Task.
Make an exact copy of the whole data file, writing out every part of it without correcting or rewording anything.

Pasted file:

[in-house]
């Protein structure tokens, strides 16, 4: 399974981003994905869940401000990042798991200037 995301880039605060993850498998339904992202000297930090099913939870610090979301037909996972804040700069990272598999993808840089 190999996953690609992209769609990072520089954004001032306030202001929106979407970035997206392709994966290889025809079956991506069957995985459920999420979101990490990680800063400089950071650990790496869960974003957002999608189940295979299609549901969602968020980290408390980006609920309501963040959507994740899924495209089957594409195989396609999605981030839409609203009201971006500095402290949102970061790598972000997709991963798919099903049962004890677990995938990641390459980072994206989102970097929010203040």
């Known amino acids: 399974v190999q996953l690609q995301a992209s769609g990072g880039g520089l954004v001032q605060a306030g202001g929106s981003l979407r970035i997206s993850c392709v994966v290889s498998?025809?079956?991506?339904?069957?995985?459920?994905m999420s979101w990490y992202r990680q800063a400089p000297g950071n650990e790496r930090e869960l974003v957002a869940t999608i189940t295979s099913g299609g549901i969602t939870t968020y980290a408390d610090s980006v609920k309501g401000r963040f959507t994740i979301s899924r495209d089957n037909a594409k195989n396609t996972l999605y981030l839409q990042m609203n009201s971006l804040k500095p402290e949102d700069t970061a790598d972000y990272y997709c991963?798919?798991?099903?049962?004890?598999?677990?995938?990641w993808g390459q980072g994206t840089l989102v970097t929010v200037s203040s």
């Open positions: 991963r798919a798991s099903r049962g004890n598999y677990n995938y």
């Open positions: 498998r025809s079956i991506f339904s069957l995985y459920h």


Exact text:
[in-house]
């Protein structure tokens, strides 16, 4: 399974981003994905869940401000990042798991200037 995301880039605060993850498998339904992202000297930090099913939870610090979301037909996972804040700069990272598999993808840089 190999996953690609992209769609990072520089954004001032306030202001929106979407970035997206392709994966290889025809079956991506069957995985459920999420979101990490990680800063400089950071650990790496869960974003957002999608189940295979299609549901969602968020980290408390980006609920309501963040959507994740899924495209089957594409195989396609999605981030839409609203009201971006500095402290949102970061790598972000997709991963798919099903049962004890677990995938990641390459980072994206989102970097929010203040």
């Known amino acids: 399974v190999q996953l690609q995301a992209s769609g990072g880039g520089l954004v001032q605060a306030g202001g929106s981003l979407r970035i997206s993850c392709v994966v290889s498998?025809?079956?991506?339904?069957?995985?459920?994905m999420s979101w990490y992202r990680q800063a400089p000297g950071n650990e790496r930090e869960l974003v957002a869940t999608i189940t295979s099913g299609g549901i969602t939870t968020y980290a408390d610090s980006v609920k309501g401000r963040f959507t994740i979301s899924r495209d089957n037909a594409k195989n396609t996972l999605y981030l839409q990042m609203n009201s971006l804040k500095p402290e949102d700069t970061a790598d972000y990272y997709c991963?798919?798991?099903?049962?004890?598999?677990?995938?990641w993808g390459q980072g994206t840089l989102v970097t929010v200037s203040s």
């Open positions: 991963r798919a798991s099903r049962g004890n598999y677990n995938y």
């Open positions: 498998r025809s079956i991506f339904s069957l995985y459920h």